Ask your barista! These tips will help you score the perfect beans to brew at home

A roaster inspects coffee beans
For starters, ask your local barista what beans they are using for drip coffee, or which are in the hopper for espresso. Above, roaster Amy Krauser inspects beans in a vintage Probat UG15 at Cognoscenti Coffee downtown.
(Allen J. Schaben / Los Angeles Times)

With more than 100 local roasters and countless coffee shops in Los Angeles, there are seemingly endless choices when it comes to buying fresh coffee beans. Walk into your local shop to pick up beans for your morning coffee habit, and the selection you find might reflect varying roasting styles, origin countries, growing regions, process methods, farming practices and more. The options can be a lot to parse. When your goal is to identify your own ideal brew, L.A.’s coffee professionals are here to help guide you.

For many L.A. roasters, the light to medium level is the sweet spot; but from the lightest, fruitiest coffees to dark and espresso roasts, the story of coffee in L.A. is reflected in the roasted beans. While Picaresca in Boyle Heights features coffees from Mexico with beans from Chiapas and Oaxaca, Caffe Luxxe might be blending favorites from Brazil and Guatemala for espresso drinks, and Go Get Em Tiger could be highlighting the Yukro region of Ethiopia as a single origin for pour-overs. L.A.’s coffee community showcases geography, culture and creativity.

Leonardo Abularach and Pablo Peres Meza hoist bags of coffee beans.
Leonardo Abularach, left, co-owner of Picaresca, which highlights coffee from Mexico, prepares beans for roasting with Pablo Peres Meza.
(Allen J. Schaben / Los Angeles Times)

Many of L.A.’s coffee companies roast aiming for sweetness. No longer relying solely on the designation of light, medium, dark and espresso, many tell stories about listening to the beans during the roasting process. They rely on sample batches to tweak the “recipe” and bring out the best flavors in the beans without over-toasting.


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“When we get a coffee, whether it’s from Guatemala, Colombia, Ethiopia or Indonesia, we’re looking at that coffee and we’re saying, ‘OK, at what level are we getting the most sweetness out of this cup?’” said Andrew Sinclair of Mad Lab Coffee. “We want to achieve the best form of pleasant acidity with the best mouthfeel and juiciness.”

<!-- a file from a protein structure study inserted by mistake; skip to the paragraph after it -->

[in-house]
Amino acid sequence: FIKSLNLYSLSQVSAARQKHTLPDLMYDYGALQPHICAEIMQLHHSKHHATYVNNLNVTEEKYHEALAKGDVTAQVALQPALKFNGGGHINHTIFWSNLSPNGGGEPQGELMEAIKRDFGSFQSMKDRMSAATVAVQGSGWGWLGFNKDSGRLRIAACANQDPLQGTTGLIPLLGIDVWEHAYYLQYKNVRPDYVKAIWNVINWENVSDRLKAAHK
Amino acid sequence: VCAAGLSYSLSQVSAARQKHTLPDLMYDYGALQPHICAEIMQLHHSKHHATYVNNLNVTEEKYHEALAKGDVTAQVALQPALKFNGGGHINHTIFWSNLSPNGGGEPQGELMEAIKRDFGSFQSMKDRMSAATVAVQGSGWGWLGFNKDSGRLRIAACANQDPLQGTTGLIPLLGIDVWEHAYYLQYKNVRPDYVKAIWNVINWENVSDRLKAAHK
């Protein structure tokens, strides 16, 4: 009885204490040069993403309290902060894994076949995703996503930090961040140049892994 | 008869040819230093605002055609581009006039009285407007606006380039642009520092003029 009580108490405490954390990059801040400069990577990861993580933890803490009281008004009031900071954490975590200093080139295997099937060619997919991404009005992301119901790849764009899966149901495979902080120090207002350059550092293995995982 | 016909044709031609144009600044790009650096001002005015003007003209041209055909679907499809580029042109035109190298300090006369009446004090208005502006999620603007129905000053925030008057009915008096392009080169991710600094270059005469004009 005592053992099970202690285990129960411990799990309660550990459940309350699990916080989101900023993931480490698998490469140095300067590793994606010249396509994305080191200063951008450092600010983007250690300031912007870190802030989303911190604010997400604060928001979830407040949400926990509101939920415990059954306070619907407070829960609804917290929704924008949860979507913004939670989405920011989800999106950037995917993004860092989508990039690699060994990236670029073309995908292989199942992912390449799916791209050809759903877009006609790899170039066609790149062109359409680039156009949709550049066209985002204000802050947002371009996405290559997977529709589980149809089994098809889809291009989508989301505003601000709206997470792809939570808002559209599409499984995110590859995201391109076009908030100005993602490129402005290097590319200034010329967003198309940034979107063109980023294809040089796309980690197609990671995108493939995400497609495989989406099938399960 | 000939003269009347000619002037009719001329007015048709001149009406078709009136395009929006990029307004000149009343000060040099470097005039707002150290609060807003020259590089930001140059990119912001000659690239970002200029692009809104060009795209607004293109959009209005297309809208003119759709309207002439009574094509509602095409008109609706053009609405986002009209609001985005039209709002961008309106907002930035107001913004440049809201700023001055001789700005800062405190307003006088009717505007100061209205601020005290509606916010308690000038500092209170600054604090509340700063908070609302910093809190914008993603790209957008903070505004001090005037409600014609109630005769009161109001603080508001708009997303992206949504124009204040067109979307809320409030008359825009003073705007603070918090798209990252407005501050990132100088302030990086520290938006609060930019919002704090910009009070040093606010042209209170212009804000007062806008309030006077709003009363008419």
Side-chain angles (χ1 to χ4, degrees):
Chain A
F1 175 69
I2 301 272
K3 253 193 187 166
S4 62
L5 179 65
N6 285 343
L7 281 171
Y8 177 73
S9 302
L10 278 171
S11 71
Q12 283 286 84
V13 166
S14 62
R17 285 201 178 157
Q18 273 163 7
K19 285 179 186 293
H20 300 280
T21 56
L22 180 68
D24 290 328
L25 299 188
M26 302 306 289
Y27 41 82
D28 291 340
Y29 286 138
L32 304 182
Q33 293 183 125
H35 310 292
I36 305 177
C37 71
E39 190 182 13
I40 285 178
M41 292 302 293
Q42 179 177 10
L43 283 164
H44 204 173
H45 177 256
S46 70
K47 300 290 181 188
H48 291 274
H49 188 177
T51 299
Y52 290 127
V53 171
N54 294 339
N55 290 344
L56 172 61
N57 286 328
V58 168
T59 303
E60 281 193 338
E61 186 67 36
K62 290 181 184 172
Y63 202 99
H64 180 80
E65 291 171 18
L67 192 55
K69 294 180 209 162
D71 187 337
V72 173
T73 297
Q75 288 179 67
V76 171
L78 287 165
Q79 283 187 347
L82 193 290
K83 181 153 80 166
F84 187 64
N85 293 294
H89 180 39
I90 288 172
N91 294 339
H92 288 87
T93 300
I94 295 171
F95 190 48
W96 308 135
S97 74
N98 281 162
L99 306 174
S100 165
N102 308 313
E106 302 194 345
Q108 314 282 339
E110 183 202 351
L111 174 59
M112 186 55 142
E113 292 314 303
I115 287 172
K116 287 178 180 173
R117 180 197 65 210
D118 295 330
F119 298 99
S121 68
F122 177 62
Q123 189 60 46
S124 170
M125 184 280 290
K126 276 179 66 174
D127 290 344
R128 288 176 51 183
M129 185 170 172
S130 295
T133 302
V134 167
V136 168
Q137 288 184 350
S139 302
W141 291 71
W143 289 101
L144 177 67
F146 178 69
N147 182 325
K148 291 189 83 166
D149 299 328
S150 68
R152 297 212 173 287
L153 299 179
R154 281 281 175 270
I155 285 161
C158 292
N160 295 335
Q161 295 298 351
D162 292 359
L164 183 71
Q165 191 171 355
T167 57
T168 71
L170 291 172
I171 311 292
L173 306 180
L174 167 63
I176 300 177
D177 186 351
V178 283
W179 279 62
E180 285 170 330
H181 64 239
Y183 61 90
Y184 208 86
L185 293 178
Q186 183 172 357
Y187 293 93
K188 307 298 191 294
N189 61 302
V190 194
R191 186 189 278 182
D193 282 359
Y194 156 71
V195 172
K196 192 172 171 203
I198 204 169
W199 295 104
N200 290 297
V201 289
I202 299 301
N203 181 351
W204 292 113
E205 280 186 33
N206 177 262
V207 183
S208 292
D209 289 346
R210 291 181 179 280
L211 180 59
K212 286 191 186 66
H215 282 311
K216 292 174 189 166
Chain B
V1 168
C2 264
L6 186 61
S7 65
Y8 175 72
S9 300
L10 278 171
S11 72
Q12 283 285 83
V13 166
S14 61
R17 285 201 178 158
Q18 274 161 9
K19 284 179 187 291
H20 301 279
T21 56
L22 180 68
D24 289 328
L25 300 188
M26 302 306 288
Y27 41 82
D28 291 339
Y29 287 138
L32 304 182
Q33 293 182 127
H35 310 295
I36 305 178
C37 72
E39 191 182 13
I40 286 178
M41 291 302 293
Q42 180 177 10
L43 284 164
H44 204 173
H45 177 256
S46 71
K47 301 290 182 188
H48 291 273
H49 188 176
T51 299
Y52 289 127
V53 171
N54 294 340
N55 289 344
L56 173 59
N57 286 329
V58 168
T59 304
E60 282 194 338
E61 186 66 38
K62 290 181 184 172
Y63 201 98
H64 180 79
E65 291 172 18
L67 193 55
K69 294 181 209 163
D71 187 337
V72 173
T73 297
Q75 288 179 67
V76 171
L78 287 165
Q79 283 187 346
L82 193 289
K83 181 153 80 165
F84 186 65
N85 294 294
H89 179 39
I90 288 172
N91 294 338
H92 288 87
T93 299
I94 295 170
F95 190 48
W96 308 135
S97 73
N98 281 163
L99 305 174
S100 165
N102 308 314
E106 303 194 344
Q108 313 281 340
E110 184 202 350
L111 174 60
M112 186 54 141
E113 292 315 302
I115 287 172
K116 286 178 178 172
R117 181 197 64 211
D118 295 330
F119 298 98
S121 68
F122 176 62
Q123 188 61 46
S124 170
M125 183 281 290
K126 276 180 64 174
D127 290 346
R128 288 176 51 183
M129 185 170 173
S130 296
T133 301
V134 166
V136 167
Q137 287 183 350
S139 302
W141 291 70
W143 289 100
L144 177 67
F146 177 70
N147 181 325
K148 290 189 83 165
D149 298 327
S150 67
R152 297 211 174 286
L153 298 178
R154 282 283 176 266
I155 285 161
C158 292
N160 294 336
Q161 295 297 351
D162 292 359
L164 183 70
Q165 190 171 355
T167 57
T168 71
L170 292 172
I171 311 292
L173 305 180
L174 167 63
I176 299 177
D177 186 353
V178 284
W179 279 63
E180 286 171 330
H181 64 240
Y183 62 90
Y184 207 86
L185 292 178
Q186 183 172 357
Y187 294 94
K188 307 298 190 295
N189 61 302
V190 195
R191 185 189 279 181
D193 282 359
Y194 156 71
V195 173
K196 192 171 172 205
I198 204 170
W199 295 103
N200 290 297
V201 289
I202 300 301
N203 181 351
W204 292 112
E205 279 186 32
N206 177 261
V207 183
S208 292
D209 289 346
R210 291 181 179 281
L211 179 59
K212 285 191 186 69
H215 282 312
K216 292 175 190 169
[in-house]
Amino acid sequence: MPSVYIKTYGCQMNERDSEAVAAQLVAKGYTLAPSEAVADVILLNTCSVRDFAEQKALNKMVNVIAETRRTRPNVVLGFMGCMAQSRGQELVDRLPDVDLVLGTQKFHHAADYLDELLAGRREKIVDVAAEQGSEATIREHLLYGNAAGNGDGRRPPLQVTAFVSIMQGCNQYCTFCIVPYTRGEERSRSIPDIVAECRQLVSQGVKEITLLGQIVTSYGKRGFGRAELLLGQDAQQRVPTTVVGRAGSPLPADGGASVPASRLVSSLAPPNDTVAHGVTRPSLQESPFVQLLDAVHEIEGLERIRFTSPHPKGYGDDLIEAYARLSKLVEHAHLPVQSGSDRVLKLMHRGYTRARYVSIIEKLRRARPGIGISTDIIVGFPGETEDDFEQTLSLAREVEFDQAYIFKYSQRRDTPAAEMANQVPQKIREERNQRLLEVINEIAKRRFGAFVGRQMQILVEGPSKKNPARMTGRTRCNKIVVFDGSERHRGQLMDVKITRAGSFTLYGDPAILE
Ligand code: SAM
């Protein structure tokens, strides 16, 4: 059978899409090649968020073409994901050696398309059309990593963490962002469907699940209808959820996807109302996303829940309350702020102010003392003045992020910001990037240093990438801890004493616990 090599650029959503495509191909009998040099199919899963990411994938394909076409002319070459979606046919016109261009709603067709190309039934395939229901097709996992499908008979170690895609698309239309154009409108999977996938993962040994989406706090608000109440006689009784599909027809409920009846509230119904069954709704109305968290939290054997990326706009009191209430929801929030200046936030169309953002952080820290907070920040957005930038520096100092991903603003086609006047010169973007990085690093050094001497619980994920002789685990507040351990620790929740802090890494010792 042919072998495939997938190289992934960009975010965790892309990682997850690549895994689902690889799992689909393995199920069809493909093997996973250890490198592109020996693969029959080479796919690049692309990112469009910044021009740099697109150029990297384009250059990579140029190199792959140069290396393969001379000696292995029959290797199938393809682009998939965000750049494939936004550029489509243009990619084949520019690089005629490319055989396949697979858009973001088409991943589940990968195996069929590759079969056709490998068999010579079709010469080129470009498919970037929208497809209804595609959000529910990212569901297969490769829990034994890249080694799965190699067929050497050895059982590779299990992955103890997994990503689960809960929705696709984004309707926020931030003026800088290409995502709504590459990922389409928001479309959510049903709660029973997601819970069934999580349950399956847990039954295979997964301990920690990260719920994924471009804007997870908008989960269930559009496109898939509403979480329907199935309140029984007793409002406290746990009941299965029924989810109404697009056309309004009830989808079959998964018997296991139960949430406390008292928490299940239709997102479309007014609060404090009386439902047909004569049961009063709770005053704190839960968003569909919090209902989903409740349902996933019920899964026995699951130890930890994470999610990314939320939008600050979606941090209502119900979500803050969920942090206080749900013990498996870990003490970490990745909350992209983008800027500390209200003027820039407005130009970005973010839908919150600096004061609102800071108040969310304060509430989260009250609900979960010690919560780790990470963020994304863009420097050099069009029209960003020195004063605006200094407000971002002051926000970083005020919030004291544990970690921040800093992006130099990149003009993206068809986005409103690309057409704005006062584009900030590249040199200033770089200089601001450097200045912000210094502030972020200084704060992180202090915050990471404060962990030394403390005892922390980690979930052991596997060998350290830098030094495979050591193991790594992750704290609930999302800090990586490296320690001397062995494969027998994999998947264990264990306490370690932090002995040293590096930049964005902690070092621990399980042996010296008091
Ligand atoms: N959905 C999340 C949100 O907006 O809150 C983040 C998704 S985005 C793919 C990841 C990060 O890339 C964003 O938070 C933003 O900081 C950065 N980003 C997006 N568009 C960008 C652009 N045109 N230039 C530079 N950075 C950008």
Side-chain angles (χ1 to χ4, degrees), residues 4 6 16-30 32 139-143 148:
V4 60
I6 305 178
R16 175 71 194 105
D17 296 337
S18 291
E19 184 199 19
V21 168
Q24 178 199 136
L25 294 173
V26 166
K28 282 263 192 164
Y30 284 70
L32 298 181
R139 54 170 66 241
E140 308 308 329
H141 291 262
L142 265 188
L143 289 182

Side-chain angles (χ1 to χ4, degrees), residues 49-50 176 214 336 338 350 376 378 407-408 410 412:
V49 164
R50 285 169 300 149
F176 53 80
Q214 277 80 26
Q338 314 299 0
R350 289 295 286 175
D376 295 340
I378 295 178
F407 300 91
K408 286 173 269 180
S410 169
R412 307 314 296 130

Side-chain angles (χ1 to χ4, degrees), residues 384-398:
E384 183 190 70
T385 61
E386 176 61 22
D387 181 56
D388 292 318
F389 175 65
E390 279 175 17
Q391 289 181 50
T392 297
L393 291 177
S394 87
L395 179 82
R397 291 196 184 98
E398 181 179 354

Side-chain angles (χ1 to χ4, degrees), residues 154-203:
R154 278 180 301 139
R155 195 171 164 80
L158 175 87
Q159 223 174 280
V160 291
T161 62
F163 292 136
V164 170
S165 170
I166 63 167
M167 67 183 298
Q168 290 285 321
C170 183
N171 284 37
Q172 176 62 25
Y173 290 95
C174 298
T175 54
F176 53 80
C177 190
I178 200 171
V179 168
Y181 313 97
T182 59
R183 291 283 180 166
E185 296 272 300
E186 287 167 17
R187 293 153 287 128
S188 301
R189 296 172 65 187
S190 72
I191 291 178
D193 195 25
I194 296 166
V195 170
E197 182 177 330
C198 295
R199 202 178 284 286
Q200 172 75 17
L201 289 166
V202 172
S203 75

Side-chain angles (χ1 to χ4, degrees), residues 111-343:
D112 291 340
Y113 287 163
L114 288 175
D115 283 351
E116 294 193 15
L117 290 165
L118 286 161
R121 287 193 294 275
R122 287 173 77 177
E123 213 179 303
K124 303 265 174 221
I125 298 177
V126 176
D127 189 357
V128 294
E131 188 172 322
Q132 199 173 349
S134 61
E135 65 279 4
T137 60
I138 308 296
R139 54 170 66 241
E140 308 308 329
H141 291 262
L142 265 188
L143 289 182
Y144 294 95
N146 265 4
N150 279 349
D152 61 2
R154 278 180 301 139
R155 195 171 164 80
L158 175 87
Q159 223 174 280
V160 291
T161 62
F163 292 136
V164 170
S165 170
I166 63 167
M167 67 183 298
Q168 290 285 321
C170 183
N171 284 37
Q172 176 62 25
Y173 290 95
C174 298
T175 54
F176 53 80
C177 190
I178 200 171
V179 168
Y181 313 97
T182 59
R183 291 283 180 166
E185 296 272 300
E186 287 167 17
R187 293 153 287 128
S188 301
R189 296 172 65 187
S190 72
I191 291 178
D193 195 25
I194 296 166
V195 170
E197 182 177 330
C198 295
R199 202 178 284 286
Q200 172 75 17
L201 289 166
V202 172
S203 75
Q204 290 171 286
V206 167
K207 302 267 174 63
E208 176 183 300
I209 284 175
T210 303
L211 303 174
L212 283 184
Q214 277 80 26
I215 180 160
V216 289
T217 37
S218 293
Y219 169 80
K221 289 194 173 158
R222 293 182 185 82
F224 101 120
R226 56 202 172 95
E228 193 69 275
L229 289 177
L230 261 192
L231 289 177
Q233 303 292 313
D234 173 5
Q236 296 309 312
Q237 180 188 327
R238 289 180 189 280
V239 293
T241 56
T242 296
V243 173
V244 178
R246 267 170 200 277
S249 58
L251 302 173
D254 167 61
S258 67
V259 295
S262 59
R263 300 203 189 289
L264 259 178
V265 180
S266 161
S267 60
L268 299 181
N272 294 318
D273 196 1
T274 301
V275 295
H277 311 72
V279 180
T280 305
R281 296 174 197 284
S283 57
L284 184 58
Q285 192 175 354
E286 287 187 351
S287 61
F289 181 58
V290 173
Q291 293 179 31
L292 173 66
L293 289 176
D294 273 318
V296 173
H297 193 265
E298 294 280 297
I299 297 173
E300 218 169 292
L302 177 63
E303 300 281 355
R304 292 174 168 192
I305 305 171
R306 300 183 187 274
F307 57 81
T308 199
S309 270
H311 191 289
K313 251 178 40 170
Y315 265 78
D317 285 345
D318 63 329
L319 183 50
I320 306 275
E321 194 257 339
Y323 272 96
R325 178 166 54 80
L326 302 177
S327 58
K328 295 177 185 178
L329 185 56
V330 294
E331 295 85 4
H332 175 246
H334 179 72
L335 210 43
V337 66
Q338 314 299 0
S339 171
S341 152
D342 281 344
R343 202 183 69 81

Elisa Hoyos, co-owner of Picaresca Coffee, bags beans of coffee at Cognoscenti in downtown Los Angeles.
Ask for recommendations. Knowledgeable baristas can guide you, much like a sommelier. Above, Elisa Hoyos, co-owner of Picaresca Coffee.
(Allen J. Schaben / Los Angeles Times)

Don’t be shy about asking for recommendations. Knowledgeable baristas can help guide you much like a sommelier. Often they will ask how you make coffee at home and recommend the best bean for your desired roast level and brew method.

Jaymie Lao began working as a barista in 2008, became the director of cafe experience for GGET, and now is an independent cafe consultant. “Ask the barista questions! We want to answer any that will help you pick a coffee you’ll actually like,” Lao said.

Ask what beans they are making the drip coffee with or which are in the hopper for espresso. Taste what they are excited about, and gauge whether that flavor profile fits what you are looking for. They can tell you about the farm or co-op where the beans were grown.

Hands pour coffee beans from one orange bucket to another
Many of L.A.’s coffee companies roast aiming for sweetness — no longer relying solely on the designation of light, medium, dark and espresso.
(Allen J. Schaben / Los Angeles Times)

Consumers are knowledgeable about where their food comes from, “so it has been easy for a lot of roasters to take that same simple, ingredient-based approach where you are trying to highlight the individuality of seasonal agricultural products and give people an opportunity to experience and be excited about them,” said Saadat Awan of Woodcat in Echo Park.

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Bags of coffee beans can offer a lot of information if you know what you’re looking for; let’s break it down.

Country of origin

There are coffee growing regions throughout the world. Though California leads our nation in agricultural production on 25.6 million acres, it does not grow significant amounts of coffee. So this is a crop we need to import.

Single origin

Coffee beans are sold as single origin, meaning one variety of coffee sourced from one crop or region, or as blends, in which the roaster has combined beans to achieve a desired flavor profile.

Two people in a coffee shop with a large burlap sack of coffee beans between them.
Cognoscenti owner Yeekai Lim, left, pictured with roaster Amy Krauser, bought a vintage Probat UG15 roaster and lets other coffee companies use it for their own beans.
(Allen J. Schaben / Los Angeles Times)


Coffee region information helps give geographical background, such as elevation. The elevation of the farm might be included to indicate that the beans were grown in an ideal setting, as coffee grown at higher elevations offers optimal quality and flavor.